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Video: Guy in a Prius Caught Swiping Succulents from a Sidewalk in Highland Park

1:26 PM PDT on August 4, 2021

[dropcap size=big]O[/dropcap]n Tuesday, video of a man allegedly stealing a piece of a large succulent from a patch of greenery outside the Los Angeles Police Museum on York Blvd in Highland Park, resurfaced on Instagram, sparking conversations about gentrification. Originally posted on NextDoor a week ago, the video shows a man loading the succulent into the trunk of a Toyota Prius before he nervously removes what appears to be a pair of gloves and hops in the driver's seat.

“It is not ok for anyone to steal plants because you think it’s on public property,” @HighlandPark90042 said in an Instagram (IG) post on Tuesday that included the video. “The guys strait-up (sic) put on gloves and dug up these plants from in front of the @losangelespolicemuseum and stole public property,” the IG account alleged.

“Gentrification activities,” one user commented under the post.

“Them car payments have him stealing,” another joked.

“Of course he’s in a Prius.”

“Happens all over the neighborhood!! Sum (sic) go as far as reaching into people’s property!!” Another user claimed.

Although it’s not uncommon for Angelenos to take a small cutting from plants within the public right of way, digging up a whole succulent in broad daylight is taking things to a questionable level. “It's literally right next to the plant store too lol,” one IG user pointed out that PLANTA Nursery, a Mexican-owned plant shop on York Boulevard is just a few doors down.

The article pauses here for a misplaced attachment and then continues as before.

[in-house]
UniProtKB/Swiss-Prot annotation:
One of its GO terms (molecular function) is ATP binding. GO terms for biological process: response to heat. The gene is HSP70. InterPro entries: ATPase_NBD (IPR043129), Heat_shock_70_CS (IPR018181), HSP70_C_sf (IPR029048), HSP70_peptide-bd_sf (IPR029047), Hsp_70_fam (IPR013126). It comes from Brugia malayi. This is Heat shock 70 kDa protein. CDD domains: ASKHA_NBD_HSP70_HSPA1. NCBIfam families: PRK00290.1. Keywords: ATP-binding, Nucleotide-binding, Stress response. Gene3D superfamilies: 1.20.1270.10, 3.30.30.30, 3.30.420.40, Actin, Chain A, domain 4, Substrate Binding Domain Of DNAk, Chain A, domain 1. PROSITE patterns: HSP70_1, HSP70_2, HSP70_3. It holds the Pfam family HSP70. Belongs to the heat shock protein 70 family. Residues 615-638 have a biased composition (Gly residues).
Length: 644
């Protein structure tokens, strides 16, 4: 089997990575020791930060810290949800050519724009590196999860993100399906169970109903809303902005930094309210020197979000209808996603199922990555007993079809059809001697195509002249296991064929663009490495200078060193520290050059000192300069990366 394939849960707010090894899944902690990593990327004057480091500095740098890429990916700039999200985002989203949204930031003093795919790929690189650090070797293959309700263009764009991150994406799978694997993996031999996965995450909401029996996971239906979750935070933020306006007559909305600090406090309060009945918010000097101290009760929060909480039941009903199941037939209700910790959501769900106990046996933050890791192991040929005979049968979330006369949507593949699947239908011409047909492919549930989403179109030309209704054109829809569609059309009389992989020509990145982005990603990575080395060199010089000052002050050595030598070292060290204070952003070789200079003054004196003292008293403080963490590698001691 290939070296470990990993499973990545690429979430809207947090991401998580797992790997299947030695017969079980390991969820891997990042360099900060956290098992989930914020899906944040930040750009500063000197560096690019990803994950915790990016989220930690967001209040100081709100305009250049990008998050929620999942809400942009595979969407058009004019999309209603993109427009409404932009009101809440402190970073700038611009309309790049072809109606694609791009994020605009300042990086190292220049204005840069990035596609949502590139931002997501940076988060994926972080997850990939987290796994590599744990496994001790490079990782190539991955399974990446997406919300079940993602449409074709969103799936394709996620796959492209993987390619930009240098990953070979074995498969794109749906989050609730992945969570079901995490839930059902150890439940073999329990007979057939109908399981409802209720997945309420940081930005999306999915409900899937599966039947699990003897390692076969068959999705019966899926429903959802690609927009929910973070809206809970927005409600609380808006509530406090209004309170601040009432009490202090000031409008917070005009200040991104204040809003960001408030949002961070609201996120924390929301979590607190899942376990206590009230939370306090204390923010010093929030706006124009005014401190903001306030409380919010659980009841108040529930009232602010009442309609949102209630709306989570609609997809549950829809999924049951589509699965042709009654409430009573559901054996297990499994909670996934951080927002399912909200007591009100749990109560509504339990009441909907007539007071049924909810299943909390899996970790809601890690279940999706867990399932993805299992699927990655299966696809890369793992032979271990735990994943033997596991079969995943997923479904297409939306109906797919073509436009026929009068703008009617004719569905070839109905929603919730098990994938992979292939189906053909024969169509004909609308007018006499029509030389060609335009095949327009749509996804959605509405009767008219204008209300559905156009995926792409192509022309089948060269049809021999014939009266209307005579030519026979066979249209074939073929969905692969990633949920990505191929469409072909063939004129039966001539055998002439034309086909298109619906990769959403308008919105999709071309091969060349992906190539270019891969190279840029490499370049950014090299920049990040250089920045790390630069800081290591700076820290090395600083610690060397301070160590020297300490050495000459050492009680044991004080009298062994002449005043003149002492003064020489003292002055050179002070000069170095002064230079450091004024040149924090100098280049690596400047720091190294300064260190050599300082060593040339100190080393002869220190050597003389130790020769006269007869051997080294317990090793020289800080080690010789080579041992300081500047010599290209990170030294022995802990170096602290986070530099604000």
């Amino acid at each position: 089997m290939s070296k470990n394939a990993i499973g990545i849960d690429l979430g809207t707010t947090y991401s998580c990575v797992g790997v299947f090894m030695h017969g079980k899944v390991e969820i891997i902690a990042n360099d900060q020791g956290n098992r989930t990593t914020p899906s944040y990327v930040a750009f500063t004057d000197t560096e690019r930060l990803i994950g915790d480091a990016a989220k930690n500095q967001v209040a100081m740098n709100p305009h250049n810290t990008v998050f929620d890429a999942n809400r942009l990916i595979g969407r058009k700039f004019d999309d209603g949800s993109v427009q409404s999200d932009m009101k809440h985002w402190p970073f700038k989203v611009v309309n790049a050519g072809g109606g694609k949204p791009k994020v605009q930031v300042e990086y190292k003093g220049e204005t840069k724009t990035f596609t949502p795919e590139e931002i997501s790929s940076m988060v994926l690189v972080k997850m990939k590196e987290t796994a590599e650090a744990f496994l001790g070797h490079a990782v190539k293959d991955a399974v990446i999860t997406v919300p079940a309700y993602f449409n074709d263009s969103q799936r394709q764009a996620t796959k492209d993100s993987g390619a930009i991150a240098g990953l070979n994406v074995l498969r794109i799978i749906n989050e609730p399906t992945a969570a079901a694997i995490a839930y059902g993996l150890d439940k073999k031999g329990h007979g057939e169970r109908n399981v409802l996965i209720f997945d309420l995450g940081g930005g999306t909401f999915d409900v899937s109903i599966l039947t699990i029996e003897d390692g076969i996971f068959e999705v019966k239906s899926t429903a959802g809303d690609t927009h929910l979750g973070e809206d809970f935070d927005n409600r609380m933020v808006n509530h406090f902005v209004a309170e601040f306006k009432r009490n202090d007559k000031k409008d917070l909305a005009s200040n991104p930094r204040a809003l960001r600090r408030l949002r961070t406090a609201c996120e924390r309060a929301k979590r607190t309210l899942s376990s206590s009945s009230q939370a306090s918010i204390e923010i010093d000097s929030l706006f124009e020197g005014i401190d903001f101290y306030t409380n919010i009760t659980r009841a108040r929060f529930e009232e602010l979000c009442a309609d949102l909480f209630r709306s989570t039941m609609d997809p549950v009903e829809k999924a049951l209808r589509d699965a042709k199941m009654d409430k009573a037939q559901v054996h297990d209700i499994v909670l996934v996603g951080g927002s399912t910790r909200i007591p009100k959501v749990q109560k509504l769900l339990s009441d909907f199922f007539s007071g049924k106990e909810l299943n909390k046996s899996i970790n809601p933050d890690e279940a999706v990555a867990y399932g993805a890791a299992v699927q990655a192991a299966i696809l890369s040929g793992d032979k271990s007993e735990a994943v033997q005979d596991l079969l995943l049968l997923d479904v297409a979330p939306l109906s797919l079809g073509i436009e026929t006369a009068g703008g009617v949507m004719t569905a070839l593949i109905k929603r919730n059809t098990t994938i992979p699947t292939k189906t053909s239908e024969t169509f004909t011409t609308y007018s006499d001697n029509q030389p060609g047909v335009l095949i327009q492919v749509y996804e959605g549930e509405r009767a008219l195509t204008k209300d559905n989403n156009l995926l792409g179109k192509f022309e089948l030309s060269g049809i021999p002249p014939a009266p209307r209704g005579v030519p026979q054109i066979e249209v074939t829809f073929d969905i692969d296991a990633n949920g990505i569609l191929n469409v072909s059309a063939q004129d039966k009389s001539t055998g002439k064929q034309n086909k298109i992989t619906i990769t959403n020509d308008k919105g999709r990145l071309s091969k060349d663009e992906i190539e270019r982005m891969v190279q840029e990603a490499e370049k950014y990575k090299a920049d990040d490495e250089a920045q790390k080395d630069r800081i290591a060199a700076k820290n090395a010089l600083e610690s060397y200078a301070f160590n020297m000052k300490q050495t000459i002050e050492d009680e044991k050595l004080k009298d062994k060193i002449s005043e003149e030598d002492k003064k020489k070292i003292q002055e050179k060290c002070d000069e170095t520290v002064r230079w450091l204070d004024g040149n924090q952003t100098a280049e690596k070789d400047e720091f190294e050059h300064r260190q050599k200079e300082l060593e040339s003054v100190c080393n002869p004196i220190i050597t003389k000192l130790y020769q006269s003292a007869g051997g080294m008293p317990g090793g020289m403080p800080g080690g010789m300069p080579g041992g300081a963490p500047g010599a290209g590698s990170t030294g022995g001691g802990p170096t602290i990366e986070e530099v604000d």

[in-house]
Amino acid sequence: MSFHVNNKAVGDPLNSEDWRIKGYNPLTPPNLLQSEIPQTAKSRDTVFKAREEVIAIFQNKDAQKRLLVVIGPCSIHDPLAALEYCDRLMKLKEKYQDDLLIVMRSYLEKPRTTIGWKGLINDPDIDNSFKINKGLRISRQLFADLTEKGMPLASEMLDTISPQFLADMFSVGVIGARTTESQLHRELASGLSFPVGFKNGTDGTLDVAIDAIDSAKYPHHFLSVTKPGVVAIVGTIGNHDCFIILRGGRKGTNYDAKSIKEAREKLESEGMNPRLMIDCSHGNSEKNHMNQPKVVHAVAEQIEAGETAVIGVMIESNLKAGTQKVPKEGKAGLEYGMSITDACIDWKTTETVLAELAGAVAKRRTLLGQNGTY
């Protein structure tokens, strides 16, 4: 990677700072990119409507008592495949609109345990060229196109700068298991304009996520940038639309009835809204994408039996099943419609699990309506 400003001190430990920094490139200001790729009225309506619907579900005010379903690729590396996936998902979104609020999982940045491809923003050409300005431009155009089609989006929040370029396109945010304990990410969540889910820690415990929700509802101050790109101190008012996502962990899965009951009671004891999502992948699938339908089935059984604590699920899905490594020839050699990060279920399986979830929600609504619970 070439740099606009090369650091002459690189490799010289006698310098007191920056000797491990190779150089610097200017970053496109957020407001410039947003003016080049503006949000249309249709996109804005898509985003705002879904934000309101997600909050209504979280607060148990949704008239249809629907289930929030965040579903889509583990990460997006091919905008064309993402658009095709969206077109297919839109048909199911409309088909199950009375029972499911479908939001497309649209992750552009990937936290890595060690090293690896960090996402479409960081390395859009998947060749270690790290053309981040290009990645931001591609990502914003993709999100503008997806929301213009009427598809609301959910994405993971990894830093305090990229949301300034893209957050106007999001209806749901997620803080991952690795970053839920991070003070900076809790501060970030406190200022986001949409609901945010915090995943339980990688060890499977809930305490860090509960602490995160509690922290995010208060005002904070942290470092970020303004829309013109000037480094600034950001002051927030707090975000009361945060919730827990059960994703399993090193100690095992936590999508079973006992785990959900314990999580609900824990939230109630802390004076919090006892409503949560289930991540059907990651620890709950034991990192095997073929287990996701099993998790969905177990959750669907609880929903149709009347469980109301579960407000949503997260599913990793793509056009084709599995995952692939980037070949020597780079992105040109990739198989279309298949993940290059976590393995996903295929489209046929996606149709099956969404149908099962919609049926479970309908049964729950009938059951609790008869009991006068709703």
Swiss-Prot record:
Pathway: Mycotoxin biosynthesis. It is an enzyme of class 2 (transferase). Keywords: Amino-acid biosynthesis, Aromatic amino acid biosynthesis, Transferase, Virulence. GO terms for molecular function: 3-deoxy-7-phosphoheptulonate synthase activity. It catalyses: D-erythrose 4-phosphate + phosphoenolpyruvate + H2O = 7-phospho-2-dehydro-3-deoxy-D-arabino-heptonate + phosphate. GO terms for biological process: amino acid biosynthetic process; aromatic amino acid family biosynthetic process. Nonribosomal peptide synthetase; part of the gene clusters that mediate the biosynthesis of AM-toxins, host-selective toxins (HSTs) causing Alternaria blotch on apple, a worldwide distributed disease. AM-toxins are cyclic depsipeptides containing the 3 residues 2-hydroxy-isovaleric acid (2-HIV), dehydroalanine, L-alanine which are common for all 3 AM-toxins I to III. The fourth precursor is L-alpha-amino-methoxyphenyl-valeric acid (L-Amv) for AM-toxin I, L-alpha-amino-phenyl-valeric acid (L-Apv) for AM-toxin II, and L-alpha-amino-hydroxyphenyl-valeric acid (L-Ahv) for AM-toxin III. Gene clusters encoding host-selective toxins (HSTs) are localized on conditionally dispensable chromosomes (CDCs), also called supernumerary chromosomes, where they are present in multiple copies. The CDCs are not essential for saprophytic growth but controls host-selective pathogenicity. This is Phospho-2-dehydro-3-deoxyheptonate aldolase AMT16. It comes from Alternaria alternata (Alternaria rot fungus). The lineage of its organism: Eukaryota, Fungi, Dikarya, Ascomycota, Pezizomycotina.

For some, the video was a painful reminder of the rapid gentrification taking place in the neighborhood. “Pinche hipsters have no shame. All this thing’s happening since they came in 😂,” an Instagram user complained. According to Zillow.com, home prices have increased more than 20 percent in just the last year in Highland Park. The average home is now over a million dollars.

Less than a mile away from the succulents on York Boulevard, on Figueroa Street, Compass Real Estate recently moved into a building that was formerly a Mexican-owned mattress shop. A block away, another luxury real estate company took over a tattoo parlor that had been in the neighborhood for more than 15 years. “Fuckin hipsters and their entitlement 🤦🏻‍♂️,” one user commented under @HighlandPark90042’s IG post.

While the space in between the sidewalk and street (officially known as a parkway) is considered public property, the property owner adjacent to the parkway is generally responsible for its design and maintenance in residential areas. In most other areas, Section 62.169 (a) of the Los Angeles Municipal Code prohibits people from planting, removing, destroying, cutting, pruning, or defacing “any tree, shrub, or plant in any street in the City without first obtaining a permit to do so.” The parkway in front of the police museum is zoned for commercial use.

Calls to the Los Angeles Police Museum this morning went to voicemail. The Bureau of Public Works, which maintains sidewalks in the City of L.A., told L.A. TACO: "A permit is required to remove plants, trees or shrubs from parkways per the municipal code LAMC 62.169. " According to public works, "no permit was issued" at the location. The department is looking into the matter.

Looking back in time on Google Maps, it appears that the succulents in front of the museum, across the street from Coco’s Bakery, have been around since at least 2009. “These plants were put there in order to beautify the street scrape (sic) In front of the museum. This is the same thing as going to a state park and cutting down a tree, you simply don’t do this kind of sh*t If anyone knows this guy tell him he needs to replant what he stole and make a big donation to the museum,” @HighlandPark90042 said on Tuesday.

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